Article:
© 2015 Shmoop University, Inc. All rights reserved.
Oedipus the King

Oedipus the King


by Sophocles

Oedipus the King Introduction

In A Nutshell

Sophocles is considered one of the great ancient Greek tragedians. Among Sophocles' most famous plays are Oedipus the King, Oedipus at Colonus, and Antigone. These plays follow the fall of the great king, Oedipus, and later the tragedies that his children suffer. The Oedipus plays have had a wide-reaching influence and are particularly notable for inspiring Sigmund Freud’s theory of the "Oedipus Complex," which describes a stage of psychological development in which a child sees their father as an adversarial competitor for his or her mother’s attention (or in non-psychology speak, it’s the kill-the-father-sleep-with-the-mother complex).

The three plays are often called a trilogy, but this is technically incorrect. They weren't written to be performed together. In fact they weren't even written in order. Antigone, which comes last chronologically, was the play Sophocles wrote first, around 440 B.C. It wasn't until about 430 B.C that Sophocles produced his masterpiece Oedipus the King. He finally wrote Oedipus at Colonus in 401 B.C., near the end of his life. Also note that the plays were rarely if ever revived during the playwright's life time, so it's not like it would have been easy for Sophocles' audiences to compare them.

These facts probably explain some of discrepancies found in the plays. For example, while Creon is the undisputed King at the end of Oedipus the King, in Oedipus at Colonus it’s Polyneices and Eteocles who are battling for the throne. In Antigone, Creon assumes the throne with no mention of the fact that he's ever sat on it before. It's pretty unlikely that Sophocles forgot this key fact. But it could very well be that it just didn't matter very much. Each play is a separate interpretation of the myth, not a part of a trilogy. Sophocles would've been under no obligation to make the plays coherent in every detail.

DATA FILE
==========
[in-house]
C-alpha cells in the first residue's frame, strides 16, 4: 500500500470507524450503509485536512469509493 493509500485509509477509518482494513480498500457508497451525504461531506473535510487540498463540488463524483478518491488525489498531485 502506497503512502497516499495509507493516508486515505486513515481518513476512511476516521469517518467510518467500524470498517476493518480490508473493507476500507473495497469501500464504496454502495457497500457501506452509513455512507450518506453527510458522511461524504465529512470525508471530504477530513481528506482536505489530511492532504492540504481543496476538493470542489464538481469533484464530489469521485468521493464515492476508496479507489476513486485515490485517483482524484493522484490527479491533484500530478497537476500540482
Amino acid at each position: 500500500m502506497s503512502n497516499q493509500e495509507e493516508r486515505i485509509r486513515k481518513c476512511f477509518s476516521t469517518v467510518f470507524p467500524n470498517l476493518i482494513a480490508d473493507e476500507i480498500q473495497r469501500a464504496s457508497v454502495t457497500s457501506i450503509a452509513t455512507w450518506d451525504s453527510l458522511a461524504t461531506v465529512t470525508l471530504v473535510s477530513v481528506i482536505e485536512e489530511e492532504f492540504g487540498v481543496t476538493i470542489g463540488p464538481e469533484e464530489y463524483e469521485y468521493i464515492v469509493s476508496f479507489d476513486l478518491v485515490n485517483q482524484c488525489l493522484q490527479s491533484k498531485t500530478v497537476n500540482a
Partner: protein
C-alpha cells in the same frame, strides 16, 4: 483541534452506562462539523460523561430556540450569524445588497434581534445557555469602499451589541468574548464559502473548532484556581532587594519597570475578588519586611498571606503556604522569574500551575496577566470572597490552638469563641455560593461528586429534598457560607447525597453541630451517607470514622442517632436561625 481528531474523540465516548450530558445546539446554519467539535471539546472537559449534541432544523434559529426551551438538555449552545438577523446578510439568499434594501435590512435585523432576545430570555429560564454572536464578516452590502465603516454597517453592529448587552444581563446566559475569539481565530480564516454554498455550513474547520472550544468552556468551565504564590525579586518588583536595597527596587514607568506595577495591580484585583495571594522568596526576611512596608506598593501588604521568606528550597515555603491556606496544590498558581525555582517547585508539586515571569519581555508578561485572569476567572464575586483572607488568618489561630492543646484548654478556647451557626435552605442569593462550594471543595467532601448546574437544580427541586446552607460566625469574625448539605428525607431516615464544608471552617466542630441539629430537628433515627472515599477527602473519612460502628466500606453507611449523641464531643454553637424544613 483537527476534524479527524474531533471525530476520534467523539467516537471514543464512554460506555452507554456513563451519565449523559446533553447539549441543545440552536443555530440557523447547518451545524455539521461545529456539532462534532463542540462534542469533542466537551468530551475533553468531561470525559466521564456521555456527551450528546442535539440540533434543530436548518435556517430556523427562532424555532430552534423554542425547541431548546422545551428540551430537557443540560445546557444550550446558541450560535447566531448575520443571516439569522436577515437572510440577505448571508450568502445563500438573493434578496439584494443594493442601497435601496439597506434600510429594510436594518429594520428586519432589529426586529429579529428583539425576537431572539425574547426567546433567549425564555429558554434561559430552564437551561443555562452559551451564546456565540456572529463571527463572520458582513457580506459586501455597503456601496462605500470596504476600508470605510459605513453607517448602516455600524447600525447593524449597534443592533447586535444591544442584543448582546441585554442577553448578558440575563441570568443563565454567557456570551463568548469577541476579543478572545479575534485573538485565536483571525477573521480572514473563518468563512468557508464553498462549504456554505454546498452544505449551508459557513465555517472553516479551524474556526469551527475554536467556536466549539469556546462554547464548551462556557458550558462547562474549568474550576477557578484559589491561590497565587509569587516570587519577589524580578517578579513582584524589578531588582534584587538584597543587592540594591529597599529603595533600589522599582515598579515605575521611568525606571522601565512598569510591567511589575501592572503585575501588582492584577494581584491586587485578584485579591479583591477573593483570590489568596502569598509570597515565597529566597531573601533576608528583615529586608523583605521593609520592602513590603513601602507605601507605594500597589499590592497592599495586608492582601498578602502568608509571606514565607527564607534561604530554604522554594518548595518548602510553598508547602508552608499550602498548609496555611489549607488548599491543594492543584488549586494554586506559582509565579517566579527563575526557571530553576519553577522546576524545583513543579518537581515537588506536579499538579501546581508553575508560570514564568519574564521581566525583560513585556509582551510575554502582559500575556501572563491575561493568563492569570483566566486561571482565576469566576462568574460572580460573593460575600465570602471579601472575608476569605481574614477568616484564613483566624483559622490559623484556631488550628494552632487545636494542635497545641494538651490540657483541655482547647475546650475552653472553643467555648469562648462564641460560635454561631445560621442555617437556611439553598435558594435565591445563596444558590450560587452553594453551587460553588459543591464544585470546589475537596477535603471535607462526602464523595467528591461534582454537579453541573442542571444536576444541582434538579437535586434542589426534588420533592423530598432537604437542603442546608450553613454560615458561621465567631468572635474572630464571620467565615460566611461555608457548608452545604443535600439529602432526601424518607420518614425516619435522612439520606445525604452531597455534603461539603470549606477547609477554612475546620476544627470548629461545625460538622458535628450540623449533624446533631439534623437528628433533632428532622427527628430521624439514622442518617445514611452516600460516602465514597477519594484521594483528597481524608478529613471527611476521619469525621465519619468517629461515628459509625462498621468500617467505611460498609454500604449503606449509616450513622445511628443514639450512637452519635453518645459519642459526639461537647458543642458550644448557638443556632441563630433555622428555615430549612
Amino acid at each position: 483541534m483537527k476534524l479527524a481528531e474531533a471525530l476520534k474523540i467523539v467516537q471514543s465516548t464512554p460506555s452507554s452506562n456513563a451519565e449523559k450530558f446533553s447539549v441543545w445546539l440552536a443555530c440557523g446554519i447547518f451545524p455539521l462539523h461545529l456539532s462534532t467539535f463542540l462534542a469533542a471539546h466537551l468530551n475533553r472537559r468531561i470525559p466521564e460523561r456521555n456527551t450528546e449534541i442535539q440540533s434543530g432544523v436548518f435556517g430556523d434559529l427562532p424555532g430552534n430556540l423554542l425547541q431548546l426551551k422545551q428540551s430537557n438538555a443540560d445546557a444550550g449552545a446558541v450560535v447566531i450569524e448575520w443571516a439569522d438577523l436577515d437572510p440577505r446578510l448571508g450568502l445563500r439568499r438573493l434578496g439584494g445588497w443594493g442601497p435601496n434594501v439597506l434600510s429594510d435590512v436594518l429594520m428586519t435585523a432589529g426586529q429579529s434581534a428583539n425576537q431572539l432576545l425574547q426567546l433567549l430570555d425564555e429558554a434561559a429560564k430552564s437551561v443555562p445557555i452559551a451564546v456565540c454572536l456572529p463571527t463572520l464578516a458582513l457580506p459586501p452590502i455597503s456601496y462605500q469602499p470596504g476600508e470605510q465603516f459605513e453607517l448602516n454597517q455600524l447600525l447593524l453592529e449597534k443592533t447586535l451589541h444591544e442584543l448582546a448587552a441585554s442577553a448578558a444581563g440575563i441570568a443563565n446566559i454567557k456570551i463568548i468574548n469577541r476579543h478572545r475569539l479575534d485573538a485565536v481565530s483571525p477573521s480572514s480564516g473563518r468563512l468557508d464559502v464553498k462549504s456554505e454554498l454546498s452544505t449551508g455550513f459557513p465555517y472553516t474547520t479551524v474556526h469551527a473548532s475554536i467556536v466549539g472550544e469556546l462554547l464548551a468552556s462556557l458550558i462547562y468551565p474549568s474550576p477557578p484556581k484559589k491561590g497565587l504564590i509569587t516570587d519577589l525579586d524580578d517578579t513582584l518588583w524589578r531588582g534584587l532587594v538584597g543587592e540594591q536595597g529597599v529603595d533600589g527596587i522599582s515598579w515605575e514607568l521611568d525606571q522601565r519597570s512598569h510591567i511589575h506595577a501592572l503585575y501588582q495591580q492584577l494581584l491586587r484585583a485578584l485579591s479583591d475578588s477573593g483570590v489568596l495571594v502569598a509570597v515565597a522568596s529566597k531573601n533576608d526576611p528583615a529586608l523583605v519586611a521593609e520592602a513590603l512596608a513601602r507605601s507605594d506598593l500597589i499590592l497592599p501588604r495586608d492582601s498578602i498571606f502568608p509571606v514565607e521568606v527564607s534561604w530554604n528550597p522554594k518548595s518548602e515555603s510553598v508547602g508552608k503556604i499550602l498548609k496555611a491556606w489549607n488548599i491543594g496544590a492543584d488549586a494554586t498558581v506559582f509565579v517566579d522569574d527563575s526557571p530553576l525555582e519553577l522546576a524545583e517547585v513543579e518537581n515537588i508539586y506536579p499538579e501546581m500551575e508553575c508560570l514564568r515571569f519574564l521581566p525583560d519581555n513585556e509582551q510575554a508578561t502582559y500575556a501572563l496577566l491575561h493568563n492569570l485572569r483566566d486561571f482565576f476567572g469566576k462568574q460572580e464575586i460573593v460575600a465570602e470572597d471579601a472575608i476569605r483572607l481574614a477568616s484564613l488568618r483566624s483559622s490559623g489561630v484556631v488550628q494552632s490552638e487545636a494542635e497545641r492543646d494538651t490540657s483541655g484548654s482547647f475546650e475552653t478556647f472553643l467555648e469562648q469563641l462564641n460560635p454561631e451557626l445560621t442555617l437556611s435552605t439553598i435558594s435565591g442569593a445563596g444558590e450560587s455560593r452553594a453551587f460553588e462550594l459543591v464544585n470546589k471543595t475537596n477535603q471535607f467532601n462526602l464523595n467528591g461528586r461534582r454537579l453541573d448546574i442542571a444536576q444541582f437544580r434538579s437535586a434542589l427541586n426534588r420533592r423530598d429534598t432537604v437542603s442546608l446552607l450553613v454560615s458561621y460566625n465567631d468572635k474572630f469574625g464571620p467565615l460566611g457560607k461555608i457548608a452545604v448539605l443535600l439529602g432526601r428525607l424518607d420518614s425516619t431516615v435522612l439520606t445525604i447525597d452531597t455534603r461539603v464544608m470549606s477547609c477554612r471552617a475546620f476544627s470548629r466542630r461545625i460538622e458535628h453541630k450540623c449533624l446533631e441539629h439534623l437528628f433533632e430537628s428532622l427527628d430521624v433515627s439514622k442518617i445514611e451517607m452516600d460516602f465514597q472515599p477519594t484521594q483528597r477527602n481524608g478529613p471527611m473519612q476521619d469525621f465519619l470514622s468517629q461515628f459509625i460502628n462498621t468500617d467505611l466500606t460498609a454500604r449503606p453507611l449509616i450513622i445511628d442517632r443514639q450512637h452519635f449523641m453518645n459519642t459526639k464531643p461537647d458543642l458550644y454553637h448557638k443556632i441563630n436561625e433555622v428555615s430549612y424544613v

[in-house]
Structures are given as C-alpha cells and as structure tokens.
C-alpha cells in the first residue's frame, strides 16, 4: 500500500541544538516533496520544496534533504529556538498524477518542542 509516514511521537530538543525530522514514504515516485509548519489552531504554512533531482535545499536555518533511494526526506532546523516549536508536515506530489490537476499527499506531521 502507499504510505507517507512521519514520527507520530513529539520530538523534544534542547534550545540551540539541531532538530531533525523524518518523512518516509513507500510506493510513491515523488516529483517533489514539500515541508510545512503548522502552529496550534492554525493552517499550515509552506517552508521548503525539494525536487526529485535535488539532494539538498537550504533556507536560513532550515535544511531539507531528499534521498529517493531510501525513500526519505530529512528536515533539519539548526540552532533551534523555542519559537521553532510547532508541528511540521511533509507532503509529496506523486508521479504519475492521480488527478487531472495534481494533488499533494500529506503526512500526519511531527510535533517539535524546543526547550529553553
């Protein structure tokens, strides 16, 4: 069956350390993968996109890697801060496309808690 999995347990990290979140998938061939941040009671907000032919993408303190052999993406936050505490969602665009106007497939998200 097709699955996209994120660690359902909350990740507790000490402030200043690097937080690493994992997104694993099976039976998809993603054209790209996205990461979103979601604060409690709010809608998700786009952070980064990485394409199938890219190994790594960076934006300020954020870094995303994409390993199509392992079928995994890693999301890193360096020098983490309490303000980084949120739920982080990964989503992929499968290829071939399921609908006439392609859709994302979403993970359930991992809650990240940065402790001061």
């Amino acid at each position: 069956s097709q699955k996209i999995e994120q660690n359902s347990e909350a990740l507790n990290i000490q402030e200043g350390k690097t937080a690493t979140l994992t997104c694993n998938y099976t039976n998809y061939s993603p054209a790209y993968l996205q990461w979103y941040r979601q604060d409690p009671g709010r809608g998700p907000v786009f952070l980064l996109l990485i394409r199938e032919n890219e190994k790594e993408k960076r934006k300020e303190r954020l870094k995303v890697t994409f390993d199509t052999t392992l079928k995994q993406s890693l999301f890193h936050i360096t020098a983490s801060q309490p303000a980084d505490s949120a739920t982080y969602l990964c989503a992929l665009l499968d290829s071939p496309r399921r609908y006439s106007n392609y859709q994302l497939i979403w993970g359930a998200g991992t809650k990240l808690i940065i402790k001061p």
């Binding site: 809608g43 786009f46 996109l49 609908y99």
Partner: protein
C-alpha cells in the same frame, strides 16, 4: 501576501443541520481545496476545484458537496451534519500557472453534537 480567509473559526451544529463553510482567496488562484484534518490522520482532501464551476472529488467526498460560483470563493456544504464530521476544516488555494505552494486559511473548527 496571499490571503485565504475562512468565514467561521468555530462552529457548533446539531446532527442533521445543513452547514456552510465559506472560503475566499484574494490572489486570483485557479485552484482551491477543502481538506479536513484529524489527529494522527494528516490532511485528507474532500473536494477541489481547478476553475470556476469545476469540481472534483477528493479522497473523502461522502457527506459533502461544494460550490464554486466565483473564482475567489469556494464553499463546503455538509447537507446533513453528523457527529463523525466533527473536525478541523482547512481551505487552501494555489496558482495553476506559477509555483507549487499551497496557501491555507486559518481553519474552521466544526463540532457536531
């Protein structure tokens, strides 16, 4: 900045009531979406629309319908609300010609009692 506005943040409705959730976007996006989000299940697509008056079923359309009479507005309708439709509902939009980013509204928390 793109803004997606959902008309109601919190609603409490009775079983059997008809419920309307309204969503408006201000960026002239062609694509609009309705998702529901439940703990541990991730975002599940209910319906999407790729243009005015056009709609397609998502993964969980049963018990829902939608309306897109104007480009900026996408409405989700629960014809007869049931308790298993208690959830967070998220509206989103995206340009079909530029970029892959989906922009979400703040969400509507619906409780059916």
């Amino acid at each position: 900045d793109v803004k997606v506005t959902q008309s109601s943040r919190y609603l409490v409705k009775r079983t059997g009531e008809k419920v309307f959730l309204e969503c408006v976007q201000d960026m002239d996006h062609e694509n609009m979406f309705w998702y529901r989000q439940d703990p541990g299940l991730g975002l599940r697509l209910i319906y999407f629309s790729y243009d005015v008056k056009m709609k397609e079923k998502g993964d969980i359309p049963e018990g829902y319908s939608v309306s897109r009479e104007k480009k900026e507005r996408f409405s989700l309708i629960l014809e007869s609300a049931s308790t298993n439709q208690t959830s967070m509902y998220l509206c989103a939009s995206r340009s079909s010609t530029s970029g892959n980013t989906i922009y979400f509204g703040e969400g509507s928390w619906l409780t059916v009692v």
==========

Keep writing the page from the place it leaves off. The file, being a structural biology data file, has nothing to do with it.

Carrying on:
Of course, while the plays aren't technically a trilogy and do have discrepancies, they do share many similarities. Several of the key characters put in repeat appearances, including Oedipus, Creon, Teiresias, Ismene, and Antigone. Also, the plays have a lot of the same themes. The plays all deal in some way with the will of man vs. the will of the gods. Self-injury and suicide also plague the family until the end. It seems that Oedipus's family is never quite capable of escaping the pollution of his terrible mistakes.


Why Should I Care?

Stop us if you've heard this one before: guy walks into a bar, meets Han Solo, almost macks on his sister, steps up to save a galaxy, and finds out by the end of the second movie that his greatest enemy is *gasp* his father! Well, it's a familiar tale, not just for all moviegoers post-1977 – but also for all theatergoers after, say, 429 B.C.

Take out that bit about Han Solo (and also, maybe the bar), and change sister to mother and you've got the bare bones of Sophocles's Oedipus the King: guy gets chosen as the One to battle evil (sadly, not a host of stormtroopers; Sophocles goes with a plague caused by the evil presence of a murderer in Thebes), macks on his mother, and finds out that he himself was his father's killer without even knowing it.

Our point is: it seems kind of bizarre to us now to believe absolutely in fate. But all of Sophocles's characters believe in it, to the point where the father of this truly dysfunctional family (King Laius) is willing to order his infant son (Oedipus) killed when a prophecy tells him that his son will be his murderer. And all of the father's efforts to prevent his own death don't work. Why? Because it's fate: these characters have no real control over their own lives. Just like it's fate that Luke meets Leia and then Darth Vader.

The neat thing about fate in both Oedipus the King and Star Wars works is that, really, these guys don't have any control over their own lives – because they're fictional. After all, what kind of character development would there be if Darth Vader was defeated without knowing he was Luke's father? Would Darth Vader ever have **spoiler alert** been redeemed at the end? The relationship has to come out, or else there'd be no narrative after the first movie.

Oedipus marries his mother by accident, and if they were allowed to just hang around staying married and living in blissful ignorance, what would Sophocles be telling his audience? Nothing anyone would want to hear outside of Jerry Springer. So fate comes in to make sure we learn a lesson: marrying your mother and killing your father is so wrong that it will bring plague to your city and make you tear your own eyes out in horror. And in a way, maybe all fiction is about fate, even today: after all, fictional characters can’t avoid what their authors lay out for them.

People who Shmooped this also Shmooped...